Turkey acquitted German-born Turks of joining ISIL and let them go

 

A Turkish court in May of last year acquitted two German-born Turks who travelled to Syria to join the Islamic State in Iraq and the Levant (ISIL), documents obtained by Nordic Monitor have revealed.

Both suspects, identified as 31-year-old Sefa Tunç and 25-year-old Gökhan Özer, were detained on July 2, 2017 while trying to cross back into Turkey from Syria, where they had spent time with jihadist groups. The judge ordered their formal arrest at the arraignment held on July 6, 2017 and put them in pre-trial detention.

Tunç was released a month later, on August 2, 2017, while Özer was let go on February 15, 2018 pending trial. The prosecutor’s office in the Turkish border province of Hatay charged them with membership in ISIL on November 21, 2017 under indictment No. 2017/4877.

The two had been detained at 13.40 hours on July 2 by soldiers deployed to the 6th Border Company, located in the city of Altınözü in Hatay province as they were trying to illegally cross back into Turkey. A third suspect named Nayif Yaldız, a Turkish national who was also acquitted in the same case, was accompanying them.

 

 

In his defense statement, Tunç said he went to Syria after his friend Ercüment Altunay, who had gone there a year earlier, invited him for a visit. Noting that he had stayed in Syria for two months, Tunç denied that he had contact with any terrorist groups while there. He pleaded not guilty. Tunç was born in the town of Hürth in North Rhine-Westphalia, and his Turkish residential address is listed in southwestern Burdur province.

The other suspect, Özer, a 25-year-old accountant, said he went to Syria on a humanitarian mission as part of an invitation by a Turkmen who he met at a mosque in Istanbul. He admitted crossing the border illegally with the help of smugglers and later taking up residence in the Yamadiye (Bayirbucak) region, where the Turkmen population lives. He said he had spent the Muslim holy month of Ramadan in 2017 there and later decided to return. Özer, who was born in the Bavarian city of Munich, had lived in Germany before moving to Istanbul. He testified in court in Turkey that he had been tried by a German court on ISIL charges but was acquitted.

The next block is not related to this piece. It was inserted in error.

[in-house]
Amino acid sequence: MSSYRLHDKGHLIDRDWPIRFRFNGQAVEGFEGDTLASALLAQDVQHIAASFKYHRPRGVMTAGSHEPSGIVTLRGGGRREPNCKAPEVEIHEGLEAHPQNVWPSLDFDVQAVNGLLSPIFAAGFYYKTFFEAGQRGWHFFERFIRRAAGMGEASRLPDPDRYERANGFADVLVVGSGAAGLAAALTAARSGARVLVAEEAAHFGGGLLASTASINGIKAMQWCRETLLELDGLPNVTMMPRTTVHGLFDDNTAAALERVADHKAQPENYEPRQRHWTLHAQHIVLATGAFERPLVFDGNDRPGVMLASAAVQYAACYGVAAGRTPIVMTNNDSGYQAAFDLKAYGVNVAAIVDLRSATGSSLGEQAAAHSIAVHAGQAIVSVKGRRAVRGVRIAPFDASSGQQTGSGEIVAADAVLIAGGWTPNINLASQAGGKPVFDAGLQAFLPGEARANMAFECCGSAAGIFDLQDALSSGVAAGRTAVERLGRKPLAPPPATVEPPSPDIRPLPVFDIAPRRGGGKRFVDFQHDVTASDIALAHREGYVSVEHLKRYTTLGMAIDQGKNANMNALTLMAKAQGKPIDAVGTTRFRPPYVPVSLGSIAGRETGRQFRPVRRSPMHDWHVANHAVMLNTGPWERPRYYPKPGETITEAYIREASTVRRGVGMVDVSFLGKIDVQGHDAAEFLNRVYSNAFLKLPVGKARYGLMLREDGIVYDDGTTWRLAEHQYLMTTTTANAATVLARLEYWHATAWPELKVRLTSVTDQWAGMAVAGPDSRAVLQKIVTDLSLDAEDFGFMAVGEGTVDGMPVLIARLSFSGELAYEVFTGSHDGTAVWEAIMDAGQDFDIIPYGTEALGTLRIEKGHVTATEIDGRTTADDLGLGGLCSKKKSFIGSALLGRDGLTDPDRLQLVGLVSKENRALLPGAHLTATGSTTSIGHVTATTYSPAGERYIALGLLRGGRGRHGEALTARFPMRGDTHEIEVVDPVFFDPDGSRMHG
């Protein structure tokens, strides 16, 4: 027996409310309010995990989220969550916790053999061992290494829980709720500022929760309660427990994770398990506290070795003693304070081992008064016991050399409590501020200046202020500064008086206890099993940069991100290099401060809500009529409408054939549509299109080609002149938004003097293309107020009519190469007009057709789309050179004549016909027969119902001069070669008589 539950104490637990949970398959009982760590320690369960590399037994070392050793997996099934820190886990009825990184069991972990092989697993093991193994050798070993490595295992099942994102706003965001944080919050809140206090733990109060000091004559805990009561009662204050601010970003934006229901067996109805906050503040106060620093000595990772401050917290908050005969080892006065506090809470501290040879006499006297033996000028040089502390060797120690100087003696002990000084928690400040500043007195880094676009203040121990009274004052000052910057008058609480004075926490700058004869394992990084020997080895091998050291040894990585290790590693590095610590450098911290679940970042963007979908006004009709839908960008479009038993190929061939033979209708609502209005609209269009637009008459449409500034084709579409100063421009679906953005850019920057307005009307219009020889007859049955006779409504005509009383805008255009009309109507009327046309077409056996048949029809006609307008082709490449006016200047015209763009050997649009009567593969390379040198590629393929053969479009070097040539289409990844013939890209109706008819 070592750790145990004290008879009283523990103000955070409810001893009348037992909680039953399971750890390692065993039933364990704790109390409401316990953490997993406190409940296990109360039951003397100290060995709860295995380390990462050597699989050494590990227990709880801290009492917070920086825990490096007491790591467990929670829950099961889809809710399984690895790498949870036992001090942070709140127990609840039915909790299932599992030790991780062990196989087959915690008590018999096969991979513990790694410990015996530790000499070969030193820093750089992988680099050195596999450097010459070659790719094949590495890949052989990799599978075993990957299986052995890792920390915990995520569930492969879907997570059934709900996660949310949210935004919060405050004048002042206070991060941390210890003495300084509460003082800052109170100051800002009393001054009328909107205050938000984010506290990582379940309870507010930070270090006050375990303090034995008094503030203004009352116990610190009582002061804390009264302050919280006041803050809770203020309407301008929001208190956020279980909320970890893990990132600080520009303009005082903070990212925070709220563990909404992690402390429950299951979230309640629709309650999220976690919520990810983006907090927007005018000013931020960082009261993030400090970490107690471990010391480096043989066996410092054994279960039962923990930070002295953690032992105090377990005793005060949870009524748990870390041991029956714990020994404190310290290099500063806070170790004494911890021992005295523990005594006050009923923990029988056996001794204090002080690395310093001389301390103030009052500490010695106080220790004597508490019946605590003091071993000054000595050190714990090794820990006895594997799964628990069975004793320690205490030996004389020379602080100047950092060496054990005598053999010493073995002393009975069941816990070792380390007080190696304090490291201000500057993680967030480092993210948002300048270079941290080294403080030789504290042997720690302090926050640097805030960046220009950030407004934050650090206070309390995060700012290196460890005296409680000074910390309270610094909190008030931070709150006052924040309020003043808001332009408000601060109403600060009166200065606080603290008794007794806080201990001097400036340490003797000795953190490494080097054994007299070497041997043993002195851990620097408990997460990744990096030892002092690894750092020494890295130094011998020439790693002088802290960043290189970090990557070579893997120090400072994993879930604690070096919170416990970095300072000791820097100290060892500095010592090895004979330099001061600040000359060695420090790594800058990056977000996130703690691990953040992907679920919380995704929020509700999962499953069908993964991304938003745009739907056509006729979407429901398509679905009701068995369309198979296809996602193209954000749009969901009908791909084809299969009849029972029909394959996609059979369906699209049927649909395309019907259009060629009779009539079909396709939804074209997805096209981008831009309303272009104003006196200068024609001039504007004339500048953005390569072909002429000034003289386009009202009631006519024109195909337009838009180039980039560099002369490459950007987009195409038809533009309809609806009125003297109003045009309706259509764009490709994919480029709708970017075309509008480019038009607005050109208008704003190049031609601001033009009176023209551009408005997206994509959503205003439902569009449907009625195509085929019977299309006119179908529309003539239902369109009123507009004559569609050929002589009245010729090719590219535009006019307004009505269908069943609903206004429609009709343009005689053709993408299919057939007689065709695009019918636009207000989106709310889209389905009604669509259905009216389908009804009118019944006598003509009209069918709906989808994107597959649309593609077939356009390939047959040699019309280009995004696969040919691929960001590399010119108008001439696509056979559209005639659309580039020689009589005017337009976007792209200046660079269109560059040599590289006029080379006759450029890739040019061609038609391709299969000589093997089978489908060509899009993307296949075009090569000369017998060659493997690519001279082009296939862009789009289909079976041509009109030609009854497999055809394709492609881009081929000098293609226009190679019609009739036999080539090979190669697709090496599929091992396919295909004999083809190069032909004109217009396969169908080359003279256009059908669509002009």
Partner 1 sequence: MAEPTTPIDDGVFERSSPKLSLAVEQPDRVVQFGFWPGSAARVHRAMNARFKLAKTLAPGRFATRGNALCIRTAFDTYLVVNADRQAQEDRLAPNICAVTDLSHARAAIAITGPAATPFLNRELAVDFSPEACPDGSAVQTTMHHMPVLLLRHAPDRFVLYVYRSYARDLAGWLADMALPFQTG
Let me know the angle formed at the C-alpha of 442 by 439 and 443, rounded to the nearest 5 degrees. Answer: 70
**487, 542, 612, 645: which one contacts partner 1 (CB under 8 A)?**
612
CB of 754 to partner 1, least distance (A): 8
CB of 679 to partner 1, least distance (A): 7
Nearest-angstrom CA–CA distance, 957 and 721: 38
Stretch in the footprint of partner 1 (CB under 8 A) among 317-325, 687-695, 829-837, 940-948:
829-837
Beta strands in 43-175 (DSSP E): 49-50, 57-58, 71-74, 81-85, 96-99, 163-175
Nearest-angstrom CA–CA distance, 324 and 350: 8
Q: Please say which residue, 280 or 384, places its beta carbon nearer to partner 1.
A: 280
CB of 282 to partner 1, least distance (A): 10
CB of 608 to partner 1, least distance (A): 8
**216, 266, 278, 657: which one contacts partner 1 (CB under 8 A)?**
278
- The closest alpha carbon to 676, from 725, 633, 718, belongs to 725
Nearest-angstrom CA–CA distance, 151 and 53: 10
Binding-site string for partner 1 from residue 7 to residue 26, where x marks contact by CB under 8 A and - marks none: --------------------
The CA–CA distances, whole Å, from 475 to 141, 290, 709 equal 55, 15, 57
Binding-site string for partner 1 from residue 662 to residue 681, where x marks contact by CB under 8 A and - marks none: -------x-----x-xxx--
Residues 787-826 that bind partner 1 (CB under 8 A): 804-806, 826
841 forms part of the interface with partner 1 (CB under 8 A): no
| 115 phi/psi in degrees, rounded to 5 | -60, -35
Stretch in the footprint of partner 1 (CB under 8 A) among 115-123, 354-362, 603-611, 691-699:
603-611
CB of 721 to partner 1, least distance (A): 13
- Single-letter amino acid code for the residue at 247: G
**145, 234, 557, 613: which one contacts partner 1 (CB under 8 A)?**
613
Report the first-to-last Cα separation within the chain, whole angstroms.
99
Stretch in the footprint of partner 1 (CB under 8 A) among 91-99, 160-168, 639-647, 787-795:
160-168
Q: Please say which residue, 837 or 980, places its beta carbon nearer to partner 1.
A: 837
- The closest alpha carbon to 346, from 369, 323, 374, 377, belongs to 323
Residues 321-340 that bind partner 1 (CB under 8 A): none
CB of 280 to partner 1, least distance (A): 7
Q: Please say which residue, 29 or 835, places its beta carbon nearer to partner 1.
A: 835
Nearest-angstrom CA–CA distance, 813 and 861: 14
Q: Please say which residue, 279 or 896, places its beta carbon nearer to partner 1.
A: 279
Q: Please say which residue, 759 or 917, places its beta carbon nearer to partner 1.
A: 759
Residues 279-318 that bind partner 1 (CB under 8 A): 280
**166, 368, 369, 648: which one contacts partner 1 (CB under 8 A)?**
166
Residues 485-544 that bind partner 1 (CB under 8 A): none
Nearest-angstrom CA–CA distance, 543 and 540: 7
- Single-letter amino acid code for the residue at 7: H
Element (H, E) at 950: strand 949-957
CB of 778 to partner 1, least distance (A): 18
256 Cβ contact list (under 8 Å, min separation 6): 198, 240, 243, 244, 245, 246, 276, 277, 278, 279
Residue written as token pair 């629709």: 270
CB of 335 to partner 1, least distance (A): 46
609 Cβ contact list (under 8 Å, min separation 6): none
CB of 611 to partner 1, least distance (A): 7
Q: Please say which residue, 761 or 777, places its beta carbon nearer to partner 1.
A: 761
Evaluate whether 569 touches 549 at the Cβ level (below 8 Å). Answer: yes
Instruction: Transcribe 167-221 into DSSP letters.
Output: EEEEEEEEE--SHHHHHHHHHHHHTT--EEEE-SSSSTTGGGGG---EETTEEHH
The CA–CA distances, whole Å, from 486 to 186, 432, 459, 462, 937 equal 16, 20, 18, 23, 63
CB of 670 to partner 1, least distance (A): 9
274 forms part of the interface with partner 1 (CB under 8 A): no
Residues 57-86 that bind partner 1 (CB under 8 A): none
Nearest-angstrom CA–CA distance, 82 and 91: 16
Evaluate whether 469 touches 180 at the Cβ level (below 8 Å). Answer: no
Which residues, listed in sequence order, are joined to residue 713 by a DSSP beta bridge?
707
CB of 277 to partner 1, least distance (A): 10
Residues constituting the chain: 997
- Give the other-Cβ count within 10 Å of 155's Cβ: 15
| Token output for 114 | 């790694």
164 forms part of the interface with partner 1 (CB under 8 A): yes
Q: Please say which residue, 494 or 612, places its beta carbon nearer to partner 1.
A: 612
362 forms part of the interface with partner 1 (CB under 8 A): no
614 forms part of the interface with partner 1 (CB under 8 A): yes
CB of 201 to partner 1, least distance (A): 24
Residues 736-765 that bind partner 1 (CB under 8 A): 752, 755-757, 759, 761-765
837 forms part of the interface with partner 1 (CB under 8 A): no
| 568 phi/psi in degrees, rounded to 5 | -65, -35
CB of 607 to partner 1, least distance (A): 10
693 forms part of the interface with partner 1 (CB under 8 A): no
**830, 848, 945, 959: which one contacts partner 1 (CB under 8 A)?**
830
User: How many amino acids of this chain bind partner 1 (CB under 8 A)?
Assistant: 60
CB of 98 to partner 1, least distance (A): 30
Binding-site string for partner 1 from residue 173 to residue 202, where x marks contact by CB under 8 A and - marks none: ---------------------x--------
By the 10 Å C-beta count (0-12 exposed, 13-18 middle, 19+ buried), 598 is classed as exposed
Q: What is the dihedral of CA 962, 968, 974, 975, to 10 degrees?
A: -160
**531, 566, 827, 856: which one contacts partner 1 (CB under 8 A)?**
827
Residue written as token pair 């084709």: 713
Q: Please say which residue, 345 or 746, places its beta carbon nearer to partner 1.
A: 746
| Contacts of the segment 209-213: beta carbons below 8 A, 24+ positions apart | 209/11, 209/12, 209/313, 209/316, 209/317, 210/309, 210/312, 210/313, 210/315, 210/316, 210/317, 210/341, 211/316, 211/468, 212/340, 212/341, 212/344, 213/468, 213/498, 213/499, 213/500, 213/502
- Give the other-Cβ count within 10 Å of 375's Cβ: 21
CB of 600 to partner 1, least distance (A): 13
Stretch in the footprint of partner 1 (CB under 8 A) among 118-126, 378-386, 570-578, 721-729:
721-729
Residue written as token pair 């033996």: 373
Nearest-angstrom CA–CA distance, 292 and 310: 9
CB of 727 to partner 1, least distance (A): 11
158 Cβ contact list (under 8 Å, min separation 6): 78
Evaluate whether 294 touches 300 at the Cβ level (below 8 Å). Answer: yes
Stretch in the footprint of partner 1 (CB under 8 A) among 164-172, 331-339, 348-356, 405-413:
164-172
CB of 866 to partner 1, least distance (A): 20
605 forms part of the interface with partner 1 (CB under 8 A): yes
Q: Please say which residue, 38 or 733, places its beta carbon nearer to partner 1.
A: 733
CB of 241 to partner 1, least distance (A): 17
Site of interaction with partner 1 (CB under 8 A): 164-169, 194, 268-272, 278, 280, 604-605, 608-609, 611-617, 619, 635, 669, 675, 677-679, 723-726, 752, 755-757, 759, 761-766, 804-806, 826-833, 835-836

Document showing defense statements and prosecutor’s move to acquit the ISIL suspects.

 

In a surprise move, Turkish prosecutor Hakan Sahinoglu asked the court to acquit both of them, claiming there was not enough evidence to warrant conviction. He was contradicting the indictment prepared by his own office against the suspects, which asked the court to sentence them on terrorism charges under Turkish Penal Code Article No. 314 (2) and CounterTerrorism Code 5 (1), which calls for longer sentences for terrorism suspects.

Another bizarre development in the case was a police report which stated that the suspects’ positions in ISIL were not determined and that there was no document confirming their membership in ISIL. This contradicted the intelligence assessment report, submitted to the court earlier, which concluded that all three were linked to ISIL. The panel of judges — presiding judge Ahmet Turan Oral, Abdullah Demirkol and Ömer Akbaş — all ruled in a unanimous decision to acquit the ISIL suspects on May 14, 2018.

The court also ruled that the lawyers’ fees for the defendants be covered by the Treasury and that the suspects had a right to file a lawsuit against the government for damages sustained due to their pre-trial detention.

Defendants Özer and Yaldız and their lawyers did not show up for the final hearing, while Tunç and his lawyer Mustafa Kocamanbaş were in attendance. Kocamanbaş, an Islamist attorney, is known for defending al-Qaeda and ISIL suspects in Turkey.

Subscribe To Our Newsletter